Tree-top debate


POSTED: Wednesday, October 21, 2009

An arborist for the Outdoor Circle is afraid that almost 100 ironwood trees being pruned at Kapiolani Park are in danger of disease or death in an unfortunate case of deja vu.

Mark Leon, an arborist representing the Outdoor Circle, called the trimming of these trees “;devastation—absolutely.”;

“;It's like telling my doctor my arm hurts and the doctor ends up amputating it,”; said Leon, president of Sunshine Landscape Co.

But city spokesman Bill Brennan said pruning the 97 trees near Dillingham Fountain is “;the right thing to do.”; The city's Division of Urban Forestry authorized the trimming, which started Thursday and will continue until Friday.

Leon disagrees.

“;They took too much off, which will increase decay, and they're cutting in the wrong places,”; he said. “;When you take such a big cut and take away so much foliage—the only food source the tree has—the tree can't compartmentalize or wall off the decay. The decay then runs through the entire tree, and the tree can't grow new mass.”;

Outdoor Circle CEO Mary Steiner was notified of the pruning last week by Richard Berry, a resident who has lived since 1970 in an apartment building overlooking the ironwoods on the Diamond Head end of Kalakaua Avenue.

Berry said he noticed last week that Trees of Hawaii Inc. was “;topping off”; the trees.

“;It looks like a crewcut,”; he said.

Some of the branches cut were “;as long as 25 feet,”; he said.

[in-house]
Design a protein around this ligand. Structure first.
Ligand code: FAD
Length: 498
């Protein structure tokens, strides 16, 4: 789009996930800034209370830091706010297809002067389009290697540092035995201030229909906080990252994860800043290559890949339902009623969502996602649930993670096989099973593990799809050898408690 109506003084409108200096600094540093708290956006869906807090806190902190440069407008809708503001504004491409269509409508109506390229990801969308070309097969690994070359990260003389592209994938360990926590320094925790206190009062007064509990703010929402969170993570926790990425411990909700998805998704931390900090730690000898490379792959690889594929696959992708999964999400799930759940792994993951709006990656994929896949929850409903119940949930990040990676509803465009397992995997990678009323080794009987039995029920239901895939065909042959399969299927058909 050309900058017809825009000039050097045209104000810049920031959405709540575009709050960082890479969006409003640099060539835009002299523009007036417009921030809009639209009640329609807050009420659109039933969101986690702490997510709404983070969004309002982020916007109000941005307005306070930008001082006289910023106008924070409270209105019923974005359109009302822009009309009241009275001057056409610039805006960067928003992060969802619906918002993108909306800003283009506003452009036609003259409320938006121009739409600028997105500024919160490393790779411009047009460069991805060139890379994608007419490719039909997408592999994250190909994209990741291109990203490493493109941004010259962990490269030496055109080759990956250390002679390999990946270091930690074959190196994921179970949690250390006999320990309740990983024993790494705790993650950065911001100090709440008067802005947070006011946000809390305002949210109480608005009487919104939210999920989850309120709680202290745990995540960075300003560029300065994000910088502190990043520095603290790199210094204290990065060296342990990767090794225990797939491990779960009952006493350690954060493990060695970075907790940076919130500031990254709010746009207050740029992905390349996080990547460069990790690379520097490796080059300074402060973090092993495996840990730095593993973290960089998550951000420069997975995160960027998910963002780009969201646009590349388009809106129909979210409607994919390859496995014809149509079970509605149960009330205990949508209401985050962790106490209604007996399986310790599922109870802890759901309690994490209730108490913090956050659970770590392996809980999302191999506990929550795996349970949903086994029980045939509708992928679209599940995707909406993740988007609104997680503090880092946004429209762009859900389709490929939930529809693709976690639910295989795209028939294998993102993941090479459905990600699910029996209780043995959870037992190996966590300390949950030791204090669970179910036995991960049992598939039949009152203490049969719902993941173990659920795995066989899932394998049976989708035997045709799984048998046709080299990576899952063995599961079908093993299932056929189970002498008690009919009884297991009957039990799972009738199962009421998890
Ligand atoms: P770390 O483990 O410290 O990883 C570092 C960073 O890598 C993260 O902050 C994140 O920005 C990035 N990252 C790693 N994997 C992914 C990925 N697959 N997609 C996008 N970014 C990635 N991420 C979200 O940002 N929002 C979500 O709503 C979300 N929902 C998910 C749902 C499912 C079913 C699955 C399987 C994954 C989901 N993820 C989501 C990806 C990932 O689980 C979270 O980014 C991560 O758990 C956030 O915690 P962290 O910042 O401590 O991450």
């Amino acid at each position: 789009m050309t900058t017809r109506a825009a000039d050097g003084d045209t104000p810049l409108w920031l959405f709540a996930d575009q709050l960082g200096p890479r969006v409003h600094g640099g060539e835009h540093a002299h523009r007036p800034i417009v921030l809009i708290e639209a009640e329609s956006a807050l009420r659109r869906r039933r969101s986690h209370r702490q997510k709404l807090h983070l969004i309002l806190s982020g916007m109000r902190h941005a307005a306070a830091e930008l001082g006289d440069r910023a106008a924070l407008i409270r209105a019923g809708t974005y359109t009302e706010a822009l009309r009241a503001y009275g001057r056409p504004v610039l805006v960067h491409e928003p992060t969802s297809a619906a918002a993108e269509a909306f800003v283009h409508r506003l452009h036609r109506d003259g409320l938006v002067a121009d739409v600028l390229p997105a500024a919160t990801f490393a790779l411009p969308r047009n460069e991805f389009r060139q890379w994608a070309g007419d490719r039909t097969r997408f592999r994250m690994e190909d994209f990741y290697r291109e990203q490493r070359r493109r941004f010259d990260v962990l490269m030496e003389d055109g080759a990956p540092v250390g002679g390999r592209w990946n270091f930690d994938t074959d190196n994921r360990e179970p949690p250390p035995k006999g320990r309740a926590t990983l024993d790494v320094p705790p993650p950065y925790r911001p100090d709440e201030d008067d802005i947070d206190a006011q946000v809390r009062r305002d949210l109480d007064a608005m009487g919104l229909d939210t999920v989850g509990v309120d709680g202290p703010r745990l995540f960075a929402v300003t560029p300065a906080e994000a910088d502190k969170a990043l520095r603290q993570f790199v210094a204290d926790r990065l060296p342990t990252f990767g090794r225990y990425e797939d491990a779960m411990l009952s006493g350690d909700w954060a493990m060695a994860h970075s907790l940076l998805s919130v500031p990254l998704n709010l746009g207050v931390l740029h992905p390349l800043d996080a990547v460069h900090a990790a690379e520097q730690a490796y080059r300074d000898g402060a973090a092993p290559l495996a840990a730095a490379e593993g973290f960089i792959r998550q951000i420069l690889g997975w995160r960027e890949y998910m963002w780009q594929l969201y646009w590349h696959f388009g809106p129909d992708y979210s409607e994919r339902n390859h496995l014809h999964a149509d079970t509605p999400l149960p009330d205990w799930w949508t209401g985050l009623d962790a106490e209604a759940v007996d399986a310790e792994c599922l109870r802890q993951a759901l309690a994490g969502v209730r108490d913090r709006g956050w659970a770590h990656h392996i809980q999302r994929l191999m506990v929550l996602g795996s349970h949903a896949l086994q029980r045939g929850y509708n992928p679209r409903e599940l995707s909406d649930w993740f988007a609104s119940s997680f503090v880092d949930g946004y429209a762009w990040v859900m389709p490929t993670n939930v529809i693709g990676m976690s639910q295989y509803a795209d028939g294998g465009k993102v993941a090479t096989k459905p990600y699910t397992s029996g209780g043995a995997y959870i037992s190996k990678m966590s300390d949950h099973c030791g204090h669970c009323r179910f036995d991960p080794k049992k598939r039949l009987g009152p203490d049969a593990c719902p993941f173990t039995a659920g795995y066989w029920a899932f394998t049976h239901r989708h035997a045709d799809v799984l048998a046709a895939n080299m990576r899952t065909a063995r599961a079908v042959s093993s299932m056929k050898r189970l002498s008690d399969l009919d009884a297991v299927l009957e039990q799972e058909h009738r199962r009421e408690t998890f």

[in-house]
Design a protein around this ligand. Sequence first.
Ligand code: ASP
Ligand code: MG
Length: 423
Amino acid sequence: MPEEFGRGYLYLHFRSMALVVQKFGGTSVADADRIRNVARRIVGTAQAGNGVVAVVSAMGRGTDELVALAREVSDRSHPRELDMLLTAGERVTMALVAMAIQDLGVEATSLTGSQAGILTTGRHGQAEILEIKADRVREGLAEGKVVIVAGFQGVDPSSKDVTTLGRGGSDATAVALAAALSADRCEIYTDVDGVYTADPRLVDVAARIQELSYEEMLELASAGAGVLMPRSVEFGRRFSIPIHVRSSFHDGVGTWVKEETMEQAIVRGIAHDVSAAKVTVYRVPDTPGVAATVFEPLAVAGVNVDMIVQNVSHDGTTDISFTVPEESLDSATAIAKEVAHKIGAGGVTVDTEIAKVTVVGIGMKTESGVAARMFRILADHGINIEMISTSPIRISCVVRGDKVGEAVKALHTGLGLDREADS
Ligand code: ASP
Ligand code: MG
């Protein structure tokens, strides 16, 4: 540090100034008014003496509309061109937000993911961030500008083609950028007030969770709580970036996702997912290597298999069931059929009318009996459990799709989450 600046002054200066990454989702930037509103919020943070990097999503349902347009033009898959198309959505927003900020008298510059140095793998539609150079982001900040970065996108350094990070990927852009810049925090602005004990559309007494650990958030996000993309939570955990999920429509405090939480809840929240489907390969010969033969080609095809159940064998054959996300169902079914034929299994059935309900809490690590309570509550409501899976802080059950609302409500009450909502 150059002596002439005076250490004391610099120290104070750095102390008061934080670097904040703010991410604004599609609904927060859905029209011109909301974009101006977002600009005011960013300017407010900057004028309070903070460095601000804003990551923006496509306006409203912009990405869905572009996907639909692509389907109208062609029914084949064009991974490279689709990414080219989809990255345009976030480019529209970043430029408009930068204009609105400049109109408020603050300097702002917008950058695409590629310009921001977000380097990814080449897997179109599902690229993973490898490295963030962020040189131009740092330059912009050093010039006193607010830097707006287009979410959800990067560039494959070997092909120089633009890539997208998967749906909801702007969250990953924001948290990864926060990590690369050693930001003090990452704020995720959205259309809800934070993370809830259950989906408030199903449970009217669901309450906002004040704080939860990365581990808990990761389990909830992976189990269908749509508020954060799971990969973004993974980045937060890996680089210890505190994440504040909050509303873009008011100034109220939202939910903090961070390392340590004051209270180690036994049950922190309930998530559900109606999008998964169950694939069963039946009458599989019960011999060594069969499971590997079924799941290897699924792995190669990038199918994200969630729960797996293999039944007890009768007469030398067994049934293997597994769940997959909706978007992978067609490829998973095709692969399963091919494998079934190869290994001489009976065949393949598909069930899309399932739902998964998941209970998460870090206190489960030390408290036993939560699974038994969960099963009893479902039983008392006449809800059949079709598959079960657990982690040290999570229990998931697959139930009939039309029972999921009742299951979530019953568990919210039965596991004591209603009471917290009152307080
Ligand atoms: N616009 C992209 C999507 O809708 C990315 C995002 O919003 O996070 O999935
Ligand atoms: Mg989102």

In the mid-1980s, he remembers, about 20 trees gradually died after such a severe trimming.

“;I fear the same thing is going to happen again. The health of the trees was compromised. The termites got into them and hollowed them out. We love those trees. It's a shame to see them die off. Plus, they're not doing anything to replace them.”;

Brennan said, “;The trees were topped many, many, many years ago. We don't top trees as a rule. For most species it's not the way to go. When a tree has been topped, as these were, they require a different kind of pruning.

“;Our arborists and Urban Forestry people have determined this (method) as the best way to prune these trees,”; Brennan said.

Noe Undan, an arborist for Trees of Hawaii, said his company was hired to reduce the height of the trees to prevent the highest, weakest branches from being snapped off by the wind. Some of the branches were termite-infested, he added. Some of the 97 ironwoods are about 60 years old, up to 55 feet high and vary from 1 to 4 feet in diameter, Undan said.

“;We are cutting less than 30 percent (of each tree's height) ... about 20 percent,”; which amounts to about 15 feet, depending on the height of the tree, he said.